Robert Stam is University Professor at New York University. He has taught in France, Tunisia, and Brazil, and his work has been translated into French, Italian, Greek, Farsi, Japanese, Chinese, Korean, Portuguese, Spanish, Swedish, Norwegian, German, Hebrew, Arabic, Estonian, and Serbo-Croatian. He is the author or co-author of more than 15 books, including: Keywords in Subversive Film/Media Aesthetics (Blackwell, 2015); (with Ella Shohat) Race in Translation: Culture Wars in the Postcolonial Atlantic (Routledge, May, 2012); Francois Truffaut and Friends: Modernism, Sexuality, and the Art of Adaptation (Rutgers, 2006); Literature through Film: Realism, Magic and the Art of Adaptation (Blackwell, 2005); Film Theory: An Introduction (Blackwell, 2000); Tropical Multiculturalism: A Comparative History of Race in Brazilian Cinema and Culture (Duke University Press, 1997); Subversive Pleasures: Bakhtin, Cultural Criticism, and Film (Johns Hopkins University Press, 1989), and with Ella Shohat, co-authored Unthinking Eurocentrism (Routledge, 1994), (new edition with afterword 2014); Multiculturalism, Postcoloniality and Transnational Media (Rutgers University Press) and Flagging Patriotism: Crises of Narcissism and Anti-Americanism (Routledge, 2007). He has won Guggenheim, Rockefeller, and Fulbright Fellowships. In 2015, he was awarded the Jim Welsh Prize for Excellence in Adaptation Studies to “recognize superb scholarly work on film and/or television adaptations of literature, drama, and history.” His most recent book – World Literature, Transnational Cinema, Global Media: Towards a Transdisciplinary Commons – is forthcoming from Routledge. Apart from NYU and NYU-Abu Dhabi, he has taught in France, Brazil, Tunisia, and Germany.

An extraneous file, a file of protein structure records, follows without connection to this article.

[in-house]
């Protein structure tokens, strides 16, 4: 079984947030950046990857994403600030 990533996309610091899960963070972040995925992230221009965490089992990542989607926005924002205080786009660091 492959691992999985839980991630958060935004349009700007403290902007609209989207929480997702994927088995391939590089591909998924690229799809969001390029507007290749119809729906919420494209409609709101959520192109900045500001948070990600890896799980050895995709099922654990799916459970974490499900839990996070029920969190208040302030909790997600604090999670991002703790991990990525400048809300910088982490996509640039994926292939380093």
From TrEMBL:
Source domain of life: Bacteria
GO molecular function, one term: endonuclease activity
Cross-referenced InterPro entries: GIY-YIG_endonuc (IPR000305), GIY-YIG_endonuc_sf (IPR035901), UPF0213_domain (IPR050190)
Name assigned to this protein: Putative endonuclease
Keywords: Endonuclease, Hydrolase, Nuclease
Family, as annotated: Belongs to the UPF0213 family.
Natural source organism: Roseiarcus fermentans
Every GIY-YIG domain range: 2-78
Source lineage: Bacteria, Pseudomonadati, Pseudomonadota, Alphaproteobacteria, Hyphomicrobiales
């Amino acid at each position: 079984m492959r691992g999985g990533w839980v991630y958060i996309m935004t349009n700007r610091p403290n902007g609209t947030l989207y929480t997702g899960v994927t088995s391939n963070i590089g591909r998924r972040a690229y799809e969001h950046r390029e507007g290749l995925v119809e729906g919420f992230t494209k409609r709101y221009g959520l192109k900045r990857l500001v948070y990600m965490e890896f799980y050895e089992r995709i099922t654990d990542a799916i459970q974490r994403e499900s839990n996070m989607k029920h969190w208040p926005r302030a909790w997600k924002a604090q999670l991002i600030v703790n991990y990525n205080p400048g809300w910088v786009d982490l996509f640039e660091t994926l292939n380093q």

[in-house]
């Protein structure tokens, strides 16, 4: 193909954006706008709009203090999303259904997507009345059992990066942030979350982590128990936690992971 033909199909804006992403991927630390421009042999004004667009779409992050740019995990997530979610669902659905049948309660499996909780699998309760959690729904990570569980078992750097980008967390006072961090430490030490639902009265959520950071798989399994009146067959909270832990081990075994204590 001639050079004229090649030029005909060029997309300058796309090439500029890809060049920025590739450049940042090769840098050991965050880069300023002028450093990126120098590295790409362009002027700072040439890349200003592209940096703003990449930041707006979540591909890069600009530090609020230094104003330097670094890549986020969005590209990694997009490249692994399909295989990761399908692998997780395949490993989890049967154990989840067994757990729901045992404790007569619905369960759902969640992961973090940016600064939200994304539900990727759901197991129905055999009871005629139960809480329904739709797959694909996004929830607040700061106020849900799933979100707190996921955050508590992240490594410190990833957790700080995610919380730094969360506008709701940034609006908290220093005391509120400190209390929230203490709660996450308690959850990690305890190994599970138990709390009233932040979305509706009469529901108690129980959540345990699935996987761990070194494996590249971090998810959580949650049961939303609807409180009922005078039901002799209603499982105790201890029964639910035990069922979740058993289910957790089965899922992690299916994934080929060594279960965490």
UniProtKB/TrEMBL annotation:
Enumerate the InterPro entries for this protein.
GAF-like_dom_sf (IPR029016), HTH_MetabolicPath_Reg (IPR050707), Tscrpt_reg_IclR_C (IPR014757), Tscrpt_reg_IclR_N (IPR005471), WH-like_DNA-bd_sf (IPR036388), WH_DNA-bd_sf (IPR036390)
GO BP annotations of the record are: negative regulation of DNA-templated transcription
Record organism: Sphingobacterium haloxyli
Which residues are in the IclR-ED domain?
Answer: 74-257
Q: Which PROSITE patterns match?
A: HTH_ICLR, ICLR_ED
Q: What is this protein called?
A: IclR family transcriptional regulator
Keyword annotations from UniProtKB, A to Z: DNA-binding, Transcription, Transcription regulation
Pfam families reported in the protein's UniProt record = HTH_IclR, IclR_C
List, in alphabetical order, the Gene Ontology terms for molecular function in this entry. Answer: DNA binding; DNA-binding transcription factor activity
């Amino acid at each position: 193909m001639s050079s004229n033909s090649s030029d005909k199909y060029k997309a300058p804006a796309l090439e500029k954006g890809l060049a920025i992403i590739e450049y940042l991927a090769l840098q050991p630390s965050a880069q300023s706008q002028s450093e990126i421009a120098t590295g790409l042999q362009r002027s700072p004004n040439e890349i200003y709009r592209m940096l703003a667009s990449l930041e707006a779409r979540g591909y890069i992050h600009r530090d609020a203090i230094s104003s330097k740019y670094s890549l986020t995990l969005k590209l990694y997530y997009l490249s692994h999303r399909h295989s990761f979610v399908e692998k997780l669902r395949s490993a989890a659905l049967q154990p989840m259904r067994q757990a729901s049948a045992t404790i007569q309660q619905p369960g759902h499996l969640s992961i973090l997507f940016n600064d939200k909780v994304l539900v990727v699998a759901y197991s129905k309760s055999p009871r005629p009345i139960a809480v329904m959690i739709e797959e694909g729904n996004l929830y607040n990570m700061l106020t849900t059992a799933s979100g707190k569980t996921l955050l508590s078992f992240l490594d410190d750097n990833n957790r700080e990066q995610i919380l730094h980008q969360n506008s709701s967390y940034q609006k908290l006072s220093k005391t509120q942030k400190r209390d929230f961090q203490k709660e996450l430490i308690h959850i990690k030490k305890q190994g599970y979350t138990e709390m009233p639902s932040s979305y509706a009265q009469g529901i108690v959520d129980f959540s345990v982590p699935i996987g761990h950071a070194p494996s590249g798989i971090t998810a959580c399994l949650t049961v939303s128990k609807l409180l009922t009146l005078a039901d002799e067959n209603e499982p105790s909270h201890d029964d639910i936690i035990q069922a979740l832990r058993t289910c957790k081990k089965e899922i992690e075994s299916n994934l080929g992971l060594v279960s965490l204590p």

Ph.D., California (Berkeley)
Studied at Oxford, the Sorbonne, and Paris VIII (Vincennes)